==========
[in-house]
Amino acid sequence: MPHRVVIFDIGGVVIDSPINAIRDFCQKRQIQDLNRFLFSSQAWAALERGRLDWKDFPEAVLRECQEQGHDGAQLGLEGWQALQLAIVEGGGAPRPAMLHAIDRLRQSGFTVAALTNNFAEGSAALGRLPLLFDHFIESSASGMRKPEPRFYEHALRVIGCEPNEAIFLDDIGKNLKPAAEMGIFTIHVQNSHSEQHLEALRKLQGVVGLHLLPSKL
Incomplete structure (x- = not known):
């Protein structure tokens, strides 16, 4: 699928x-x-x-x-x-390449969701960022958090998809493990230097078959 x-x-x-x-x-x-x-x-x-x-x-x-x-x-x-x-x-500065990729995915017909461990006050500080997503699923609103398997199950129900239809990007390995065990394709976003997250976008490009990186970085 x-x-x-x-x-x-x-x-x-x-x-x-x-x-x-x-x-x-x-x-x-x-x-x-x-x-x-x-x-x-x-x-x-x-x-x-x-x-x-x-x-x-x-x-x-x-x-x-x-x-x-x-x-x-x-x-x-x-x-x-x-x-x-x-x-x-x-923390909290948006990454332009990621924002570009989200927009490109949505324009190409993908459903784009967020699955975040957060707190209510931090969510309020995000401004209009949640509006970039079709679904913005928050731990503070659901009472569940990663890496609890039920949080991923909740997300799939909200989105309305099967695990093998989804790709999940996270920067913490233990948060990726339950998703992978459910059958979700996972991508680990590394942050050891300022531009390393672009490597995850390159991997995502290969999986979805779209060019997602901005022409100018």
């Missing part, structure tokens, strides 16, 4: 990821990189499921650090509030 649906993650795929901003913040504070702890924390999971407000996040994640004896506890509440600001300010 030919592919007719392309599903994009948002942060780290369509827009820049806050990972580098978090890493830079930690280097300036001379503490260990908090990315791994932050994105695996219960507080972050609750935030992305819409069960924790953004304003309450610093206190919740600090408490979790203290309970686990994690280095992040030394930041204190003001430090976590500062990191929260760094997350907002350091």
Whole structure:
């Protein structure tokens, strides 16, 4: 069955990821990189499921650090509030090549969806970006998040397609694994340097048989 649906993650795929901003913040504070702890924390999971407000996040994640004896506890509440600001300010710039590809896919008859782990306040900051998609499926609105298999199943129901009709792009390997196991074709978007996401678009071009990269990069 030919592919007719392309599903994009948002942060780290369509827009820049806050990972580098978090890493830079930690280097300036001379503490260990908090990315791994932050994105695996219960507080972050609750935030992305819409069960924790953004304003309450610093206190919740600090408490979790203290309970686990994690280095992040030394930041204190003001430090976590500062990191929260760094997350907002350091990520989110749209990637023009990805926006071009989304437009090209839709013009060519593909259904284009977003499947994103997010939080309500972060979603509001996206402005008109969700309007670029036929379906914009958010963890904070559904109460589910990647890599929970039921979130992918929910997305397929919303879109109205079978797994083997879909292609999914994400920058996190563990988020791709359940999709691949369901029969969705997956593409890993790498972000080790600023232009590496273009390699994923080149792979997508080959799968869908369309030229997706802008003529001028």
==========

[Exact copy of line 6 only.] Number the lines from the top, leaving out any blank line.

Whole structure: